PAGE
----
by   -   August 24, 2016
T=0h. Autonomous (hand-) launch.
T=0h. Autonomous (hand-) launch.

One year after having demonstrated the 81-hour continuous solar-powered flight that is still the current world record in flight endurance for all aircrafts < 50kg total mass, the AtlantikSolar UAV has completed its next milestone by demonstrating the first-ever fully autonomous (from launch to landing) solar-powered perpetual flight with significant payload (Color + Thermal Camera) in a 26-hour Search-and-Rescue (SaR) mission.

by   -   August 9, 2016
The Flying Ring in action. Source: Rajan Gill/YouTube
The Flying Ring in action. Source: Rajan Gill/YouTube

The Flying Ring is a new flying vehicle being developed at the Institute for Dynamic Systems and Control, ETH Zurich. The goal of the project is to fully characterize all aerodynamic properties of the vehicle. While traditional quadcopters are agile and carry high payloads they are not efficient in forward flight, with traditional lift to drag ratios comparable to a fruit fly. The Flying Ring vehicle, however, can fly on its side, allowing the blades to propel it forward faster than a typical quadcopter.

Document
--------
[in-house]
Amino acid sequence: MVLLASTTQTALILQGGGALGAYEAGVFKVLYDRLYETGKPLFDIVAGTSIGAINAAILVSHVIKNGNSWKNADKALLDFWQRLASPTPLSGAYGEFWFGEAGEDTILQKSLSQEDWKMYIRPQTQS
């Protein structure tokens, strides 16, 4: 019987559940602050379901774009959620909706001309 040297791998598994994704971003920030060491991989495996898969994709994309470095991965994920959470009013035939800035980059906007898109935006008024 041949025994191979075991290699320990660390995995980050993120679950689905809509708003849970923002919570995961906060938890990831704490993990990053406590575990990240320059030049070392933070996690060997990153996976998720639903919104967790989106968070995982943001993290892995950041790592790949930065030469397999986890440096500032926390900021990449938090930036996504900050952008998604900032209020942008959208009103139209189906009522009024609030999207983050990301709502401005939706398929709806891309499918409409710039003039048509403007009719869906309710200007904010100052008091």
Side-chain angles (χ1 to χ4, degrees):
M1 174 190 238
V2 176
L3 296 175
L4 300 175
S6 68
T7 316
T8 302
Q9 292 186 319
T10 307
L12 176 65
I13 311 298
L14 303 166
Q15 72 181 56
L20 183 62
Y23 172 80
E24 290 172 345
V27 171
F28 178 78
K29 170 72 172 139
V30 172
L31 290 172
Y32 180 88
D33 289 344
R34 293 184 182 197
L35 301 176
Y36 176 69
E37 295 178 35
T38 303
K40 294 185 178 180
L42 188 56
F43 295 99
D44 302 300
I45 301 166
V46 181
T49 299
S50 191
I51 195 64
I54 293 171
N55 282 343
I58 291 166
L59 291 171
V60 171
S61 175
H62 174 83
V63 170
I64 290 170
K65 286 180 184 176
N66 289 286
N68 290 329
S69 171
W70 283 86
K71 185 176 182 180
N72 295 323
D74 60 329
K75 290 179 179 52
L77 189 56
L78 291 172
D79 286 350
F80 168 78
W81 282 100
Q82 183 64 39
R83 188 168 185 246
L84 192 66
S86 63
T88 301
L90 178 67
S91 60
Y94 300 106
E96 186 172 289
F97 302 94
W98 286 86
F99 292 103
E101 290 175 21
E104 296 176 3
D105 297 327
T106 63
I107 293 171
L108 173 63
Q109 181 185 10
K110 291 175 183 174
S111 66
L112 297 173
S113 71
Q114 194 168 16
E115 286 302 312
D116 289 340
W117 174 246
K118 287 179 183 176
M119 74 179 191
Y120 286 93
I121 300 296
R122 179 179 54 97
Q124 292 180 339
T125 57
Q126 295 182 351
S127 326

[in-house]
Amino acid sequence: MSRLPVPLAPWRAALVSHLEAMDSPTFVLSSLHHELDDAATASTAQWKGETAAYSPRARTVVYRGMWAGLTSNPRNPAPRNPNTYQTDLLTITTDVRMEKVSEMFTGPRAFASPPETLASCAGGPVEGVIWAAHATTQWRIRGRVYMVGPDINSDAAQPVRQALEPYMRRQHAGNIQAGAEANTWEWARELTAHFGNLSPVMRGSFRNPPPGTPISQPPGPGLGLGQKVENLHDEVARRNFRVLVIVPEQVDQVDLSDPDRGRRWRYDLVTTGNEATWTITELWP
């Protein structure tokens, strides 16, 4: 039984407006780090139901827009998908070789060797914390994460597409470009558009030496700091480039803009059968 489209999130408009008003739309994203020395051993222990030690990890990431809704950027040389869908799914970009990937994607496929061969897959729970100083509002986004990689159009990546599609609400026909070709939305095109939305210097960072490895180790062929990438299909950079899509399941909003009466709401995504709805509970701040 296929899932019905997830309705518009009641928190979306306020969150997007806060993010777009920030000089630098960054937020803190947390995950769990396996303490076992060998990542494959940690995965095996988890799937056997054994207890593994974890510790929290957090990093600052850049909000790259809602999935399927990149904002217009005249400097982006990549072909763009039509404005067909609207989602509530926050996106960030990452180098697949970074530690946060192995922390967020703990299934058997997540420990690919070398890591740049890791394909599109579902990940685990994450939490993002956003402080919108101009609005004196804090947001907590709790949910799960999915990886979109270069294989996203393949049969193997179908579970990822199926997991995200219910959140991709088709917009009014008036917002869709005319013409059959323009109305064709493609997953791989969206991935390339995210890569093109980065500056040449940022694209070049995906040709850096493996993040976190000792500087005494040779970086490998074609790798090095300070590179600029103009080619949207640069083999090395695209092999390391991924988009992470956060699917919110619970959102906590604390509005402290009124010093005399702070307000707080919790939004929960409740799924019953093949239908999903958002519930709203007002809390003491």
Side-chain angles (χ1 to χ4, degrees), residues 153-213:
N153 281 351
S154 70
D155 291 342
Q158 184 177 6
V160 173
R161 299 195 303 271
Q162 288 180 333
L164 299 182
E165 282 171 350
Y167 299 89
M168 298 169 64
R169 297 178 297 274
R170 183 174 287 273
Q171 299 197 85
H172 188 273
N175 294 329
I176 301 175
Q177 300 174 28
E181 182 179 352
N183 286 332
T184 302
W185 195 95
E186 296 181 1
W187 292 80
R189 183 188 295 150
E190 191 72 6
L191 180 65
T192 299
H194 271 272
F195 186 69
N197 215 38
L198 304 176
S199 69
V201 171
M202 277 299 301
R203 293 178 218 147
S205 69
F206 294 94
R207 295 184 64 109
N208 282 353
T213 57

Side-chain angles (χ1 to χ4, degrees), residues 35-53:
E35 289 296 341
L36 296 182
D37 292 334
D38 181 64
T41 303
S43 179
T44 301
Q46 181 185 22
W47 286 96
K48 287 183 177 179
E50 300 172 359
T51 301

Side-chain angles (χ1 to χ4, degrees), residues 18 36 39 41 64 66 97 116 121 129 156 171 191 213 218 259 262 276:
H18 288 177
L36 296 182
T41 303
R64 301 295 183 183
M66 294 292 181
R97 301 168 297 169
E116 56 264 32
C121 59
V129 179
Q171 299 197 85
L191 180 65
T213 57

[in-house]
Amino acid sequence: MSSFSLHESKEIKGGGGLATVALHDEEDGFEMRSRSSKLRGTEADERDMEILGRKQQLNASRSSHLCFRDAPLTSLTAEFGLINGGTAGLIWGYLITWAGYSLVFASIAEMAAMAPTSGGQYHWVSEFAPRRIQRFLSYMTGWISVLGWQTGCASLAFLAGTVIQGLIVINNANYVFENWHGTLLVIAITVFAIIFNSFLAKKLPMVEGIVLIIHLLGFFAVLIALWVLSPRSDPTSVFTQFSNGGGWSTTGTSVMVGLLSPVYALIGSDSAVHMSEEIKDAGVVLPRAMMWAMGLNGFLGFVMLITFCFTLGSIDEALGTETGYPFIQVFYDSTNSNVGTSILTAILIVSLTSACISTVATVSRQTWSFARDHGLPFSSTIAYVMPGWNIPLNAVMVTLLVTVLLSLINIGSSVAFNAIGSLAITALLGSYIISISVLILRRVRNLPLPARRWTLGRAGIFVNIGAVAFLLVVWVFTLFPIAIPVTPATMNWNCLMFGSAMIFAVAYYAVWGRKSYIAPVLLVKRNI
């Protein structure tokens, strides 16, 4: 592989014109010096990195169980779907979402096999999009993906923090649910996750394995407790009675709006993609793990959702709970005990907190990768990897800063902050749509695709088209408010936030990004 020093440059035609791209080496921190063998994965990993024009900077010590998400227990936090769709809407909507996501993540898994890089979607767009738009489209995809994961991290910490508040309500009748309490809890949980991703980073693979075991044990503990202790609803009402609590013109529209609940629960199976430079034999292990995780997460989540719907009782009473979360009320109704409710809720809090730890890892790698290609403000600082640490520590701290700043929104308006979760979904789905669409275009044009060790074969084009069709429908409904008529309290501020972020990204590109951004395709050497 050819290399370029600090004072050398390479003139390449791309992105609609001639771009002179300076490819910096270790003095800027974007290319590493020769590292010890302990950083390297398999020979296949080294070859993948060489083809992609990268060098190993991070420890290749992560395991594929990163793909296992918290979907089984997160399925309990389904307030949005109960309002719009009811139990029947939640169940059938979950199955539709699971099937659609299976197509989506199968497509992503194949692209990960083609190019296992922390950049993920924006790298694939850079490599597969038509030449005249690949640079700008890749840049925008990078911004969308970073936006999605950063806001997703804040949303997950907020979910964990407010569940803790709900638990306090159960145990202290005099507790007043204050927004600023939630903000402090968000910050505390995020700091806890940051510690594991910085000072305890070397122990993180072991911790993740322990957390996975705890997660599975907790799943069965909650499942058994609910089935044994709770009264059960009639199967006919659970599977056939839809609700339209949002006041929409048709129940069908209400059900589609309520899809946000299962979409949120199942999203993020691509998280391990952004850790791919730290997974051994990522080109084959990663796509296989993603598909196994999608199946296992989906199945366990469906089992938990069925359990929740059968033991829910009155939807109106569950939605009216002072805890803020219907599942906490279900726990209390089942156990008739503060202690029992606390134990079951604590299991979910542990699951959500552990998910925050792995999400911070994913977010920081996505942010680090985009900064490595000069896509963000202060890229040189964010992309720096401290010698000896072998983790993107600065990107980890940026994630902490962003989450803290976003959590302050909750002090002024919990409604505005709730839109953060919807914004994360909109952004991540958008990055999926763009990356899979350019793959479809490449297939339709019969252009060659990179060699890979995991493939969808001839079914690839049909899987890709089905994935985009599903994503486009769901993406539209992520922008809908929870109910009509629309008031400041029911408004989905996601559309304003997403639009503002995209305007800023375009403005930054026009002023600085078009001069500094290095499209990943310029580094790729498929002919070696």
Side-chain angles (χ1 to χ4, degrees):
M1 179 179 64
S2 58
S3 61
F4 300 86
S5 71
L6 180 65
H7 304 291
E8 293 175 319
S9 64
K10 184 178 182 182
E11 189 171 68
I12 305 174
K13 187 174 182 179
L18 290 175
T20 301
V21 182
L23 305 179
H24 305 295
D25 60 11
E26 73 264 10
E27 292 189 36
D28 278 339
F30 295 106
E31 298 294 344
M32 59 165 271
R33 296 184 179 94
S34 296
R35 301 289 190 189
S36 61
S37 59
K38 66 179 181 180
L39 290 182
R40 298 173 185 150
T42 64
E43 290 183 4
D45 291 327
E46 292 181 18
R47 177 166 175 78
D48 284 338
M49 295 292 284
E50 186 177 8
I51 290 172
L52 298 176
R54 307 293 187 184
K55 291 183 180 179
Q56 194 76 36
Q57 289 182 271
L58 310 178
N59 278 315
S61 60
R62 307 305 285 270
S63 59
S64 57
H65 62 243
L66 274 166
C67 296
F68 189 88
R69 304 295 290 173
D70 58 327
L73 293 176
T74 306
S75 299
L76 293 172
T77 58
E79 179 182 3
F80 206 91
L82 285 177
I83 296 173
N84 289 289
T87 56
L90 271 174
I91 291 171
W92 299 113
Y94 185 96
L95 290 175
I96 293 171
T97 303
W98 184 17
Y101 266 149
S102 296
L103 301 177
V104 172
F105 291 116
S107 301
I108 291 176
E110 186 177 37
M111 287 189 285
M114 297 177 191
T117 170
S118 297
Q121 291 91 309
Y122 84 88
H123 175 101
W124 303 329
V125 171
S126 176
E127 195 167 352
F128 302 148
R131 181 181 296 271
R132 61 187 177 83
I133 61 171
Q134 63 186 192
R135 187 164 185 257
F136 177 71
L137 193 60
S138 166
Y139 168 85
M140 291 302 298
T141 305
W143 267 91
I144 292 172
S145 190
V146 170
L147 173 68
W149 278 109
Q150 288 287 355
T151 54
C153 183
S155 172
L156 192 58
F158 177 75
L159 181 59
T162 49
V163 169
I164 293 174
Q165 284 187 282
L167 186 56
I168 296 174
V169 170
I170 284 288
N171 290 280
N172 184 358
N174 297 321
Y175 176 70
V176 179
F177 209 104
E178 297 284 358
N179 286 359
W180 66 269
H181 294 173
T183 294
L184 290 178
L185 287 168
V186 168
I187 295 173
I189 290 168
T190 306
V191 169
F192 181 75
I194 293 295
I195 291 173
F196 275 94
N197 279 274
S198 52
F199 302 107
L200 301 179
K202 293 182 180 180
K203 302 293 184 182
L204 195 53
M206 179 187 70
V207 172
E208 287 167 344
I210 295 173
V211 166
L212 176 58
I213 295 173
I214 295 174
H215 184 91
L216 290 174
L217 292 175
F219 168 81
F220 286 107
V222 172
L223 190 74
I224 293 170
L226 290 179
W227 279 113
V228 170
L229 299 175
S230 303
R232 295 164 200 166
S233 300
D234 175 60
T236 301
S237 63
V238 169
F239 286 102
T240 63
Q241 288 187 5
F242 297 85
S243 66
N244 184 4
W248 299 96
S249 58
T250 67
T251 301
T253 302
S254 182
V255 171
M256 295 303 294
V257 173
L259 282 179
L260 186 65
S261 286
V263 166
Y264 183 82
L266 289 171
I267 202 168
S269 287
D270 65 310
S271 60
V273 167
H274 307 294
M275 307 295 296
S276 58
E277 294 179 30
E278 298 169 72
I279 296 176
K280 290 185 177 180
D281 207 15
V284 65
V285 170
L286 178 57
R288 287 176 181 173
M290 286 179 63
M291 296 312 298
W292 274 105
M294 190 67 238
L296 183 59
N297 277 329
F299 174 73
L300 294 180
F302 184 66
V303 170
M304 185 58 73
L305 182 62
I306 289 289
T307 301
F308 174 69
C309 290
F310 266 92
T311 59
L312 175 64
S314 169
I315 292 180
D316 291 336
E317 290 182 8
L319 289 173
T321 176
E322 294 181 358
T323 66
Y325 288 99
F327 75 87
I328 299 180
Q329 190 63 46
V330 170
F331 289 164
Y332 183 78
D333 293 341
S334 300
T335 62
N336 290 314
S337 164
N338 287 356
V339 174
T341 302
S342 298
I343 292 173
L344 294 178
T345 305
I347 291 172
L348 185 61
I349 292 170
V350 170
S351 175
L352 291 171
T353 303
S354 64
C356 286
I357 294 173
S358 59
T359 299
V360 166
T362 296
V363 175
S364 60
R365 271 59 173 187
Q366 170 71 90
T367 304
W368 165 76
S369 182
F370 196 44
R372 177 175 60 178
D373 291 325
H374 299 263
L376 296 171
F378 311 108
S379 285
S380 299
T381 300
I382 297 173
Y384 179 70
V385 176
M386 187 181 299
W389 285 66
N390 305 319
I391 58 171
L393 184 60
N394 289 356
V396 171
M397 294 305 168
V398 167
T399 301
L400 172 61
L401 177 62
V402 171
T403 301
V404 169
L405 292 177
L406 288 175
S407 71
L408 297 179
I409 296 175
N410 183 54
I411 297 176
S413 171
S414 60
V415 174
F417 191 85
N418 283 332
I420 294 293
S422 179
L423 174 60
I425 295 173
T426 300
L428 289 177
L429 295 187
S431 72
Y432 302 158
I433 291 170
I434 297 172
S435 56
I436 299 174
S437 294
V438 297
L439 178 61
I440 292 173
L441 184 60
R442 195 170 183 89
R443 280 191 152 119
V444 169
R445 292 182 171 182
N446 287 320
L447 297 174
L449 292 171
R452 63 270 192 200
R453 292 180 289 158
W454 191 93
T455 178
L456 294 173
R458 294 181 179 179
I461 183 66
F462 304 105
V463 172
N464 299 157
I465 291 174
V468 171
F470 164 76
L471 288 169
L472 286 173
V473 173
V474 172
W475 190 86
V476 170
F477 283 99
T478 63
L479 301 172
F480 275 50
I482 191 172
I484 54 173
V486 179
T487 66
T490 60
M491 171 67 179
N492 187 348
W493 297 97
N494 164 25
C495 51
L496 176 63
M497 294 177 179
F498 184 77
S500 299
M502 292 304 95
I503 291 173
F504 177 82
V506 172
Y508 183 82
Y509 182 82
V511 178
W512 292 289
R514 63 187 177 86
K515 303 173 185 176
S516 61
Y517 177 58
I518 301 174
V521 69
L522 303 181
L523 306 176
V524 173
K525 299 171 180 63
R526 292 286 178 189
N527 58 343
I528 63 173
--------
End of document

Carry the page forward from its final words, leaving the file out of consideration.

Photo: Cirque du Soleil - PARAMOUR on Broadway - at the Lyric Theatre. Featuring Flying Machine Design and Choreography by Verity Studios. Pictured: Ruby Lewis as 'Indigo' Ryan Vona as 'Joey'. ©, Cirque du Soleil Theatrical. Photo by: Richard Termine
Photo: Cirque du Soleil – PARAMOUR on Broadway – at the Lyric Theatre. Featuring Flying Machine Design and Choreography by Verity Studios. Pictured: Ruby Lewis as ‘Indigo’ Ryan Vona as ‘Joey’. ©, Cirque du Soleil Theatrical. Photo by: Richard Termine

Since April, a troupe of eight flying machines has been performing in a Cirque du Soleil Broadway show called Paramour. This group of quadcopters has now completed its first 100 shows in front of a live theater audience, without a single incident. Given the string of recent safety incidents with drones (there’s more), this begs the question: How was this accomplished?